• aviannovice profile image
      Author

      Deb Hirt 5 years ago from Stillwater, OK

      Yes, being around nature is a wonderful, calming thing.

    • diyabhatt profile image

      diyabhatt 5 years ago from Noida

      Amazing hub aviannovice! All the pictures are beautiful. Thanks a lot for sharing. I also love feeding the birds in my balcony and love to capture them in my camera.

    • aviannovice profile image
      Author

      Deb Hirt 5 years ago from Stillwater, OK

      Thanks, Ruby! I have been having a ball going to the lake and discovering what is there, including the surprises. It's what makes this such a fascinating and enjoyable hobby.

    • Ruby H Rose profile image

      Maree Michael Martin 5 years ago from Northwest Washington on an Island

      That fly catcher is such a pretty bird. Thank you so much for sharing your adventures with them with us. A very wonderful Hub and great read.

    • aviannovice profile image
      Author

      Deb Hirt 5 years ago from Stillwater, OK

      Oh, indeed. We recently had high winds and a lot of rain, so some interesting visitors have been on the Boomer Lake for the past couple of days. There are some amusing things that they have done, too.

    • whonunuwho profile image

      whonunuwho 5 years ago from United States

      Thank you for your beautiful hub about birds in the great outdoors. I am a wildlife artist and enthusiast and have always admired the bird life that is free and don't cost a thing to enjoy.

    • aviannovice profile image
      Author

      Deb Hirt 5 years ago from Stillwater, OK

      Thanks, glad that you like my pics. I have so many now, and not enough room in the hubs. Maybe I should do a year end special hub.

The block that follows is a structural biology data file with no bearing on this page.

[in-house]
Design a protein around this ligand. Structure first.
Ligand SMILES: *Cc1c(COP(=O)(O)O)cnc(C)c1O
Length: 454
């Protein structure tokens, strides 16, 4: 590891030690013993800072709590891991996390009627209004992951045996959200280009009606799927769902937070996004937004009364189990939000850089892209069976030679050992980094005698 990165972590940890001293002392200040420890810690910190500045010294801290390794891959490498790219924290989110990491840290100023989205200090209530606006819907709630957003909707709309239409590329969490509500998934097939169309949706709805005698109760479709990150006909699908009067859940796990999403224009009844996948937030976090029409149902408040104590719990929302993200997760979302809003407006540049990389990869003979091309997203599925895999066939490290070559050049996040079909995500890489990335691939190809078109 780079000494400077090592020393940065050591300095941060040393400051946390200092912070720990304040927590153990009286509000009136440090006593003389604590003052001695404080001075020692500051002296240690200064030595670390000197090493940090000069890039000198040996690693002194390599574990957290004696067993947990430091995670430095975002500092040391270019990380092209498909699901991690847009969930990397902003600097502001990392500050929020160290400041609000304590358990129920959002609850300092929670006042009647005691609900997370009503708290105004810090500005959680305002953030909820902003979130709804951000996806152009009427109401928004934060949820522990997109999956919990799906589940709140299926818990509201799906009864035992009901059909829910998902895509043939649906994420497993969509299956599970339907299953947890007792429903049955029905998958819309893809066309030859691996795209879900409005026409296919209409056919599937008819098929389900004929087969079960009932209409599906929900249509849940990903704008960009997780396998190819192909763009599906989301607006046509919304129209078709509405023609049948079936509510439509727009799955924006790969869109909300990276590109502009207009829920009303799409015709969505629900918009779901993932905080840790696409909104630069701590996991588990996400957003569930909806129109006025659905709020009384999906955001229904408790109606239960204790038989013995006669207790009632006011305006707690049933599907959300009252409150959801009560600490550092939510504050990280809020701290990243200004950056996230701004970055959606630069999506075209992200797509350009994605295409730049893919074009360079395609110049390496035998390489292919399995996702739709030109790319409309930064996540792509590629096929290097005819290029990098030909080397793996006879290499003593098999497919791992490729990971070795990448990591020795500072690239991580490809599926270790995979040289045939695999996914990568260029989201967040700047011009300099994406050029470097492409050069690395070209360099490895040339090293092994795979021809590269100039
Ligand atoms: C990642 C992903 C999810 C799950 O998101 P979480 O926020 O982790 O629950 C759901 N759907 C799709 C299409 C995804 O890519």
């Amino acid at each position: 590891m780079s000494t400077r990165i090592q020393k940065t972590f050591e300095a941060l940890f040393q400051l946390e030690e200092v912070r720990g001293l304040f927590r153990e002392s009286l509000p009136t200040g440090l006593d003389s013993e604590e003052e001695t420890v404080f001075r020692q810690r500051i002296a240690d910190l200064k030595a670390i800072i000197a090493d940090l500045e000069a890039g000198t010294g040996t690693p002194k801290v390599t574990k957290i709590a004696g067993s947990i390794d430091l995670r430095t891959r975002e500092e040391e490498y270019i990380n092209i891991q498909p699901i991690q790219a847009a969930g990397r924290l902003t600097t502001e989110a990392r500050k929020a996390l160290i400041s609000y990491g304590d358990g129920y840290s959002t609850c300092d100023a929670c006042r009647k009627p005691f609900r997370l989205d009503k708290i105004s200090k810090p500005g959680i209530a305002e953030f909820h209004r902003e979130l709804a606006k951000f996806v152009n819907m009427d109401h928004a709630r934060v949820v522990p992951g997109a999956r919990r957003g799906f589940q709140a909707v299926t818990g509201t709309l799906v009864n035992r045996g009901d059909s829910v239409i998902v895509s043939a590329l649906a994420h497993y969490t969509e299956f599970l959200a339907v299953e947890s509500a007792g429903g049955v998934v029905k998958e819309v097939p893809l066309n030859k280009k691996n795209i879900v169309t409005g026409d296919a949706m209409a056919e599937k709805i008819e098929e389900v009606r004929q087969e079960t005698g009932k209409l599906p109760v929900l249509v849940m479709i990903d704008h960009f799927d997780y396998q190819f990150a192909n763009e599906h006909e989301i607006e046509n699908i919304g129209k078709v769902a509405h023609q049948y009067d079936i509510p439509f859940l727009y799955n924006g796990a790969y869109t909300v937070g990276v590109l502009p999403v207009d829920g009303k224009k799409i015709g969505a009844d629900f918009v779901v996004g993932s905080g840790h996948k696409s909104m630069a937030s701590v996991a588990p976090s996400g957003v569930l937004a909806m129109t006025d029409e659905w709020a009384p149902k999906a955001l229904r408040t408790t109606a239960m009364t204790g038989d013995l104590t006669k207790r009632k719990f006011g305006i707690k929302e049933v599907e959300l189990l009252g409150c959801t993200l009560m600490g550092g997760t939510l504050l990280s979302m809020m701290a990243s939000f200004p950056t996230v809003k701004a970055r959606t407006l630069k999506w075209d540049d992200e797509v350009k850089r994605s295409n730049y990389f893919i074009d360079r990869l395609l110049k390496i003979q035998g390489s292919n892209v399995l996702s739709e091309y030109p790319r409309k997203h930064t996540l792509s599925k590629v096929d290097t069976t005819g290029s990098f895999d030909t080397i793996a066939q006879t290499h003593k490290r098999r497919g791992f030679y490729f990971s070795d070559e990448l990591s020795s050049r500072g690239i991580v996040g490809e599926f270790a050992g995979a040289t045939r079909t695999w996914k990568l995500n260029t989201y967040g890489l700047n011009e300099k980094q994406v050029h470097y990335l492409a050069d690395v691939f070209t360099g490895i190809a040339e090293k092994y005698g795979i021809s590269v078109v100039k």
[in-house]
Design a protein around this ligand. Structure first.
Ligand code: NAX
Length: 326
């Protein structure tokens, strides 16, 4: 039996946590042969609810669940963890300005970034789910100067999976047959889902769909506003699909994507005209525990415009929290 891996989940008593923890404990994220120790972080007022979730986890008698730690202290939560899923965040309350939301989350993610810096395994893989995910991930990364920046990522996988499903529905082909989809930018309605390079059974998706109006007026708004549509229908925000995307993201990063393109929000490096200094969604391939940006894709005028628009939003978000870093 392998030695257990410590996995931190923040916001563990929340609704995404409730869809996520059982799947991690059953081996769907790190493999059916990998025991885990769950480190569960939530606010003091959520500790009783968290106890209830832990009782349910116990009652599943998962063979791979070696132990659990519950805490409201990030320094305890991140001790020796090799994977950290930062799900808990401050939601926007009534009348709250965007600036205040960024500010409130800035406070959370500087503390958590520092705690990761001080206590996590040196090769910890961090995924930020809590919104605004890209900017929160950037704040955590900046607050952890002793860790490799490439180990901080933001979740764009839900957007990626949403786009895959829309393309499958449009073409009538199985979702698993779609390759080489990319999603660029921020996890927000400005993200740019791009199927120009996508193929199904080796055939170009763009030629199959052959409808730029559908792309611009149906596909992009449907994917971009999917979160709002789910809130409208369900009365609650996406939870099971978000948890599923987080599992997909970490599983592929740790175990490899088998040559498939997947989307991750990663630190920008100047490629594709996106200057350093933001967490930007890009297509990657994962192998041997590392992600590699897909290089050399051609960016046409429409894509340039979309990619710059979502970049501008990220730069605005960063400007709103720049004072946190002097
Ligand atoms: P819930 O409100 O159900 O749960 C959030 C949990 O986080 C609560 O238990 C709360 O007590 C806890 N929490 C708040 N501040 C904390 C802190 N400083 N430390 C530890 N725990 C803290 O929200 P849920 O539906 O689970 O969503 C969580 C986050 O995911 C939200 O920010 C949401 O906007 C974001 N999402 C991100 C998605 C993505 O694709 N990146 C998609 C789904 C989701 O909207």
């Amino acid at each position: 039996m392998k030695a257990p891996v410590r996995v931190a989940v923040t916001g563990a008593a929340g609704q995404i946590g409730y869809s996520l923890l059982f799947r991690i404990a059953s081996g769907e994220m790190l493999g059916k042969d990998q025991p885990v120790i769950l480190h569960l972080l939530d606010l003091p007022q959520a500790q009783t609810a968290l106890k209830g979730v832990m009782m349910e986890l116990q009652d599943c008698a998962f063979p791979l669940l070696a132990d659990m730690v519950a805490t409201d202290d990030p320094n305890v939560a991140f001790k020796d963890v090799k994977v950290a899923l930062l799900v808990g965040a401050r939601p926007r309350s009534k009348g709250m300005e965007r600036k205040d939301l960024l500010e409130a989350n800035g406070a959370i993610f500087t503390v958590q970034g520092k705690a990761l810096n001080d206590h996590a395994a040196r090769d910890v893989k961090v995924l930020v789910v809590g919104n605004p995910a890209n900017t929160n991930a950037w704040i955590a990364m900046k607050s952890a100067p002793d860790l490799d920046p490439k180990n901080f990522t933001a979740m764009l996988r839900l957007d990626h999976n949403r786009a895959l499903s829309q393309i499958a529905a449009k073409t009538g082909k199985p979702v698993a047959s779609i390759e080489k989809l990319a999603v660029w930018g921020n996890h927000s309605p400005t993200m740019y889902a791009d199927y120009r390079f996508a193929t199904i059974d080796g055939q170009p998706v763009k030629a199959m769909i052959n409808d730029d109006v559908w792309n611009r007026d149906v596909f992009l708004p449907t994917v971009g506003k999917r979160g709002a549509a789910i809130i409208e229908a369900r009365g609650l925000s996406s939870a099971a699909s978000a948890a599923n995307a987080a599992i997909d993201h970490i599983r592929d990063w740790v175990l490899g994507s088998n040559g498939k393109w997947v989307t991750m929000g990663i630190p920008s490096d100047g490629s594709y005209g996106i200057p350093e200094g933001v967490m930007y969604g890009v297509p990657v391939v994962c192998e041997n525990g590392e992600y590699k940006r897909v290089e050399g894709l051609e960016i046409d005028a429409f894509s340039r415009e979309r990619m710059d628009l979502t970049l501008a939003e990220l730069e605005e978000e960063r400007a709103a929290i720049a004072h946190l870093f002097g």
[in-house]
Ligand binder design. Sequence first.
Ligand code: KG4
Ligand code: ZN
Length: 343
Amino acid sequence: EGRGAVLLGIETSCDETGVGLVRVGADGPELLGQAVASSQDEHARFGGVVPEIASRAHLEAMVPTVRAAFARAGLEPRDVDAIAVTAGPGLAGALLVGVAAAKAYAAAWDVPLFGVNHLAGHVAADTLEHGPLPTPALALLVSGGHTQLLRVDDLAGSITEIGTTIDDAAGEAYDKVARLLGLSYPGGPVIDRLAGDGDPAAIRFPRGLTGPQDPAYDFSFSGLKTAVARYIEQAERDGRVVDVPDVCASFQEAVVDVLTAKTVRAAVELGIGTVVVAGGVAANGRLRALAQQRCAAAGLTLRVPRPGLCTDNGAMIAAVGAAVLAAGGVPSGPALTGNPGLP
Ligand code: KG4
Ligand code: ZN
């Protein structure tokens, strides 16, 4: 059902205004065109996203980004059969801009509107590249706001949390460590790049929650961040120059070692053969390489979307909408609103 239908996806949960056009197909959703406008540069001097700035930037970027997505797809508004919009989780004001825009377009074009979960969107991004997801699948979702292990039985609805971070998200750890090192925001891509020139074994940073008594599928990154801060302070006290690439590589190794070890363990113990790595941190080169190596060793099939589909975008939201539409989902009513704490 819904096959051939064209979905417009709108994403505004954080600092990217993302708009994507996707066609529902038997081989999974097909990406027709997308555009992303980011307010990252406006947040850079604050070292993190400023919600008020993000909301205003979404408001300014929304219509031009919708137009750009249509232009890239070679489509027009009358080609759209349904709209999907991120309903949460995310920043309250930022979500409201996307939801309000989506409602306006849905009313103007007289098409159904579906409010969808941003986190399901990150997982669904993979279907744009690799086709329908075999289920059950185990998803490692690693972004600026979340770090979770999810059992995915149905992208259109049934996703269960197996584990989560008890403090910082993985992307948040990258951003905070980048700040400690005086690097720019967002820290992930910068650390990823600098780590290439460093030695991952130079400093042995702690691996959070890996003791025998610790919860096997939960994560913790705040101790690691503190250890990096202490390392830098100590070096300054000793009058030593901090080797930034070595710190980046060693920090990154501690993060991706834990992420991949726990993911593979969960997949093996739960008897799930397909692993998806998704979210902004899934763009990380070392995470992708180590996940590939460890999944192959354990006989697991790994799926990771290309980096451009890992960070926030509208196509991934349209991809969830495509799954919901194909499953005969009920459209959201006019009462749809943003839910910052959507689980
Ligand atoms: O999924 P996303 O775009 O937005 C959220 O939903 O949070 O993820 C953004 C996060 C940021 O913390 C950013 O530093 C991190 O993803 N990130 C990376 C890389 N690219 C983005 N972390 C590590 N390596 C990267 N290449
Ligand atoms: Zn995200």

• DeborahNeyens profile image

      Deborah Neyens 5 years ago from Iowa

      Great photos! I have a Northern Flicker that comes to eat from the suet feeder in my backyard. One of my favorite birds.

    • aviannovice profile image
      Author

      Deb Hirt 5 years ago from Stillwater, OK

      Thanks, gamby! There IS so much life there. There was also some sort of run that was going on there yesterday. One lady yelled on her way by, "Did you get pictures of the baby geese?", so a few do notice. I think I am becoming noticed, too.

    • gamby79 profile image

      gamby79 5 years ago

      Love all the pics and the added audio of the Brown Thrasher. So many people run around the lake for their daily jog, for picnics, games, and such without ever taking notice of the beautiful wildlife and sounds surrounding them.

      Thanks! You truly bring Boomer Lake to life Deb! :)

    • aviannovice profile image
      Author

      Deb Hirt 5 years ago from Stillwater, OK

      Thanks, Nell. These birds are almost like my kids. I know where many of them live.

    • Nell Rose profile image

      Nell Rose 5 years ago from England

      Hi, glad that you and the birds are okay. I see what you mean about the Brown Thrasher sounding like a mockingbird, what a lovely sound! wonderful hub as always.

    • aviannovice profile image
      Author

      Deb Hirt 5 years ago from Stillwater, OK

      Thanks, Joyce. I have a good time with this every week.

    • writer20 profile image

      Joyce Haragsim 5 years ago from Southern Nevada

      This is a wonderful hub, describing all the birds you can and the photo's are so perious loved to see them.

      Voted up and awesome, Joyce.